Coralee Oakes retains her seat in Cariboo North

Close race provincially, minority government a possibility


Observer Reporter

Cariboo North B.C. Liberal candidate Coralee Oakes learned around 10 p.m. May 9 she will, once again, be representing her constituents in the Legislative Assembly in Victoria.

More than 11,000 ballots were cast in the May 9 provincial election, and Oakes garnered 5,969 to handily beat her nearest rival – NDP candidate Scott Elliot who picked up 4,117.

Green candidate Richard Jaques came in third with with 836 votes and Conservative candidate Tony Goulet collected 690 votes.

Oakes says she is a “little overwhelmed and deeply humbled because it was an incredibly tough election” for the B.C. Liberals.

“I knew it was going to be really close. All of the candidates worked hard and brought forward contrasting messages. The volunteers for the last month of all of the participating parties worked so hard – it’s humbling.”

Asked about her thoughts on the strong, hard-working female Liberal MLAs up and down Highway 97 – herself, Prince George-Valemount MLA Shirley Bond, Cariboo-Chilcotin MLA Donna Barnett and Fraser-Nicola MLA Jackie – being re-elected, Oakes says she would add Boundary-Similkameen MLA Linda Larson to the list.

“All of us are passionate advocates for rural British Columbia. We represent the smaller communities … really interesting areas and we have a lot of unincorporated areas.

“I think sometimes the representation as MLAs is different than our colleagues.”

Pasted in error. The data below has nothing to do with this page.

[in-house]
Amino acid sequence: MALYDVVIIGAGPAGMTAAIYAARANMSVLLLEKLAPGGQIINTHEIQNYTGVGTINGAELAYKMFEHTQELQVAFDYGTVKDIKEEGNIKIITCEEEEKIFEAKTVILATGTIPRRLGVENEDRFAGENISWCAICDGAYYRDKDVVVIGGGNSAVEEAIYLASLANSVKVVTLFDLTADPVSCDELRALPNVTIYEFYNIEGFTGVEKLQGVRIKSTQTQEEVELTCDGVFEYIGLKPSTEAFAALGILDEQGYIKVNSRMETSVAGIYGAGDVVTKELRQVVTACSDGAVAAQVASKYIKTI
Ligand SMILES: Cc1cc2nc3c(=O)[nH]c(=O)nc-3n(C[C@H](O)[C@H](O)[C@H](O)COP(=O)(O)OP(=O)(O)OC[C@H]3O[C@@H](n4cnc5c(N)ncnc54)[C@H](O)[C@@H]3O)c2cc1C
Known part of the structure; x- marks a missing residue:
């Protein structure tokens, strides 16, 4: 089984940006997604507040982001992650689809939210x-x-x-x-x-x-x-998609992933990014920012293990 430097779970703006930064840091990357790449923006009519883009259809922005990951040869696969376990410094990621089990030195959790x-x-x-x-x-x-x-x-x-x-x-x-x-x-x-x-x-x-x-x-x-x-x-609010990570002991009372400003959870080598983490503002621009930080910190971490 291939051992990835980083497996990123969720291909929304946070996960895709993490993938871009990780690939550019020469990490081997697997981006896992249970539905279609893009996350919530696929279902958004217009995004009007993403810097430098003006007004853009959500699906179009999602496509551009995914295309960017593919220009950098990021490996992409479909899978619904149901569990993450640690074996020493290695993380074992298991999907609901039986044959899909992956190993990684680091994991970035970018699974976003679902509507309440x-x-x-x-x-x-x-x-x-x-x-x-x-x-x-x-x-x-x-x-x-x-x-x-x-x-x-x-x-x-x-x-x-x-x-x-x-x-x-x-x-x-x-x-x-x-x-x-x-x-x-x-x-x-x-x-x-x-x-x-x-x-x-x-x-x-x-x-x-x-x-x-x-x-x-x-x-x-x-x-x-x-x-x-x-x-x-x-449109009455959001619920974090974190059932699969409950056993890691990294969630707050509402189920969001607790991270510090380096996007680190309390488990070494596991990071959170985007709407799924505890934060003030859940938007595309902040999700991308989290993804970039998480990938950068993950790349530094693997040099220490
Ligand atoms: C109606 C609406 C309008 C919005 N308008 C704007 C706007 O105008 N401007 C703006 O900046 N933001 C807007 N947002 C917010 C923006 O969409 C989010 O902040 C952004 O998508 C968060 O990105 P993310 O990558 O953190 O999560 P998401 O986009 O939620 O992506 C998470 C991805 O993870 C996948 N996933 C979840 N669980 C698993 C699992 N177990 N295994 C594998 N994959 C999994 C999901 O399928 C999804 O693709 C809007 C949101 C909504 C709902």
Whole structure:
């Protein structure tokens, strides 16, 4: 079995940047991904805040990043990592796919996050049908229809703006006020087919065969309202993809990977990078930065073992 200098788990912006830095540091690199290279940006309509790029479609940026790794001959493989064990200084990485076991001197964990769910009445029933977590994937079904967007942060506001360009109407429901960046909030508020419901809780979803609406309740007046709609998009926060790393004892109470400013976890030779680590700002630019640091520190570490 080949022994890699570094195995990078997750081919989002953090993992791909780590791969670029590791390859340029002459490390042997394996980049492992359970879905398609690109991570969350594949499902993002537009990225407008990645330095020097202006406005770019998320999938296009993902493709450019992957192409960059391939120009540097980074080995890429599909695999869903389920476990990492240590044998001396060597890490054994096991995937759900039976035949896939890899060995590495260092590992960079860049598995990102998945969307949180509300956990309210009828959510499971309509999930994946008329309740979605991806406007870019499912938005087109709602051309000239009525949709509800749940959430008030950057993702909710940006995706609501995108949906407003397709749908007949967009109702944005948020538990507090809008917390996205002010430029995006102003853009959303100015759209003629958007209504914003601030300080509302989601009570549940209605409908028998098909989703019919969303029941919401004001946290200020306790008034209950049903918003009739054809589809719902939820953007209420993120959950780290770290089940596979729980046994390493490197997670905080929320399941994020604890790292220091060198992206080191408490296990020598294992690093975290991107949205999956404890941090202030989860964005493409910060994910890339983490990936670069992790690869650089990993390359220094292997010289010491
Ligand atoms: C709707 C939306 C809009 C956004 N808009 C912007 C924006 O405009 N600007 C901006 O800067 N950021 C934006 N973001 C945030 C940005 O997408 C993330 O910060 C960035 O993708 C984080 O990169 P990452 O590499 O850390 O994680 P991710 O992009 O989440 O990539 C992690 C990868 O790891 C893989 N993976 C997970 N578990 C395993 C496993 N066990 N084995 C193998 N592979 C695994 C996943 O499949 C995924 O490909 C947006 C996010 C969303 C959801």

She adds women tend to look at things a little differently, too.

“The one thing that stood out for me personally on this campaign is the amount of young women and girls who came up to me and said, ‘I want to be the prime minster or I want to be the premier.

“I think we’re seeing new opportunities and that means there’s going to be a change.”

Provincially, Oakes says her party always knew it was going to be a really close election race.

On Election 2017 night, the B.C. Liberals finished election night with 43 elected seats and 41 per cent of the popular vote.

The NDP ended up 41 elected seats and 41 per cent of the popular vote.

Oakes notes everyone is going to have to wait for two weeks to see what the final count will be because any recounts and absentee ballots will have to be counted.

Both party leaders are suggesting the recount will make their seat count stronger.

Meanwhile, the Green Party tripled the number of seats it will have the Legislative Assembly from one to three, and doubled its percentage of the popular vote.

The Greens now hold the balance of power and may determine which of the leading parties will give it the best deal to help form a minority government.

That, of course, depends on whether Green Party Leader Andrew Weaver wants to jump in bed with one of the other parties, and whether the possible recounts and a absentee ballots count will change the number of seats held by the NDP and the B.C. Liberals.